An ‘extreme’ risk of wildfire is in place across coastal and island areas of western Scotland, the country’s fire and rescue service has warned.
Despite freezing temperatures and snow in large parts of eastern and central parts of the country this week, Scottish Fire and Rescue Service (SFRS) Area Commander Bruce Farquharson has stressed that parts of Scotland’s countryside still remain “vulnerable” to fire.
People who live within or who may enter any rural environments have been warned to exercise caution.
The ‘extreme’ warning – released in conjunction with the Scottish Wildfire Forum (SWF) – remains in place until Friday and covers the the Highlands to Dumfries and Galloway, via Argyll and Bute and Ayrshire and the Western Isles.
Area Commander Farquharson, who is also chair of the SWF, said: “There may have been a lot of snow in the eastern and central areas of Scotland, but that is not the case in the western coastal areas and fuel conditions are very different.
“At this time of year, we typically have a large volume of dead, bone-dry vegetation left over – which essentially acts as a fuel for fire.
“As a result, there are currently vast areas of countryside all over the country that are tinder dry and vulnerable, this provides all of the ingredients for fire to take hold and spread.
“We are asking the public to exercise extreme caution and think twice before using anything involving a naked flame.”
Area Commander Farquharson highlighted parallels to a period in late February 2018, when SFRS crews tackled a series of wildfires on Skye and Barra just days after the ‘Beast From The East’ struck central Scotland.
“This weather patterns is very similar to what we witnessed two years ago during the ‘Beast from the East’, which saw a number of challenging wildfire incidents on Barra and Skye,” he said.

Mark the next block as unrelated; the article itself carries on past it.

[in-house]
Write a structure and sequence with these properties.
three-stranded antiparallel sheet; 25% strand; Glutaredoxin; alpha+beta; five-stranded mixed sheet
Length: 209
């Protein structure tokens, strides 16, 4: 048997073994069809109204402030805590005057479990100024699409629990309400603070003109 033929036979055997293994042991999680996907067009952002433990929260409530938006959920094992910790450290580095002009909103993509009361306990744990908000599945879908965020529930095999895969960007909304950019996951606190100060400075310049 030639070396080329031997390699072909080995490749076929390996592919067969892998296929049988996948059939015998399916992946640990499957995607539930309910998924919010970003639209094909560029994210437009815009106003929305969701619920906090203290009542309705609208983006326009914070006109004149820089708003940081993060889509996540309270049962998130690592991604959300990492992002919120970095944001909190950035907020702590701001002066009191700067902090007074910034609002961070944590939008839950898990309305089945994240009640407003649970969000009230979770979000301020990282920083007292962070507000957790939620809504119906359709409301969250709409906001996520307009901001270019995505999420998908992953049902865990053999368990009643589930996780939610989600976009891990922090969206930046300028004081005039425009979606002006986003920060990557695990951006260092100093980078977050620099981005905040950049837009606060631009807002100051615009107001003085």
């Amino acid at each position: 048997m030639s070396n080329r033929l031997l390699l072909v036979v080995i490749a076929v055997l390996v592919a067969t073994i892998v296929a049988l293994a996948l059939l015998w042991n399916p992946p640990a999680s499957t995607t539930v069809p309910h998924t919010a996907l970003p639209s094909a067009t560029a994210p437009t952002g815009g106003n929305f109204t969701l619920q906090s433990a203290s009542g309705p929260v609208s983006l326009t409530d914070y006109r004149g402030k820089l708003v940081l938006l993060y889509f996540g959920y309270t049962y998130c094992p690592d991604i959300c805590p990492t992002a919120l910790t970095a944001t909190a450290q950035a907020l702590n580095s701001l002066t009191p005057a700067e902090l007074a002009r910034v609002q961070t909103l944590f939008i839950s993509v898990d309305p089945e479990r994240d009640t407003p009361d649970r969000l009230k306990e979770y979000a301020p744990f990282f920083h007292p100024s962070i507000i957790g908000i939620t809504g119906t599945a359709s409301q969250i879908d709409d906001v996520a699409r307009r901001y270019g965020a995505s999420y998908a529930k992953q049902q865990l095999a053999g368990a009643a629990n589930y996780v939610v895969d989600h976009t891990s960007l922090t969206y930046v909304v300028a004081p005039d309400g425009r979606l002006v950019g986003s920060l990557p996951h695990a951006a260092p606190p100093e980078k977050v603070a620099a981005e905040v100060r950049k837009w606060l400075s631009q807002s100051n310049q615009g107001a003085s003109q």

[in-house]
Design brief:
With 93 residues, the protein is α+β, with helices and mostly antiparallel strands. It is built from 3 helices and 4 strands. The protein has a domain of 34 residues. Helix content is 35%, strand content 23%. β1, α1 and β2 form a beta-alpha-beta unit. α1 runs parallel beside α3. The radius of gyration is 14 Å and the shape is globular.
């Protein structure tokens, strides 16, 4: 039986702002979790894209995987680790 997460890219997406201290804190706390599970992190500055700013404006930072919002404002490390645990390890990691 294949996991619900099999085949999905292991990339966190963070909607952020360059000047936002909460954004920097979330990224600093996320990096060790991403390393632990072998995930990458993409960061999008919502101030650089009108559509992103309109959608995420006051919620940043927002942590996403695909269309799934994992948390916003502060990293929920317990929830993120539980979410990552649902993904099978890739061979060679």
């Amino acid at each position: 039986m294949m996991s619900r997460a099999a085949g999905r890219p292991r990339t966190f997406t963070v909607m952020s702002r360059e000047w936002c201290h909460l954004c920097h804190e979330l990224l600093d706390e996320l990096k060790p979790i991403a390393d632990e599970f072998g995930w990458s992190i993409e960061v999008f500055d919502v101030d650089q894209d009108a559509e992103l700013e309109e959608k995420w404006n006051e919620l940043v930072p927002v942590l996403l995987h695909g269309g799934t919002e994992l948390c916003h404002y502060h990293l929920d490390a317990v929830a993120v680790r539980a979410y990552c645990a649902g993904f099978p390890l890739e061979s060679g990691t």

“These incidents came just days after the ‘Beast From The East’ snow storms, which left hundreds of motorists stranded overnight in freezing conditions on the M80 motorway.”
Wildfires have the potential to burn for days and devastate vast areas of land and wildlife; and threaten the welfare of nearby communities.
A spate of wildfires could also place unnecessary pressure on the emergency services as they already work to support partners and protect the public amid the coronavirus pandemic.
Area Commander Farquharson continued: “We would always stress the importance of being vigilant in areas of countryside, but right now we are in a unique and testing period for all emergency services.
“We will always do our utmost to protect our communities, and to save life and property from harm at all times – but we also need the public to help us.
“Human behaviour can significantly lower the chance of a wildfire starting, so it is crucial that people act safely and responsibly in rural environments, and always follow the Scottish Outdoor Access Code.”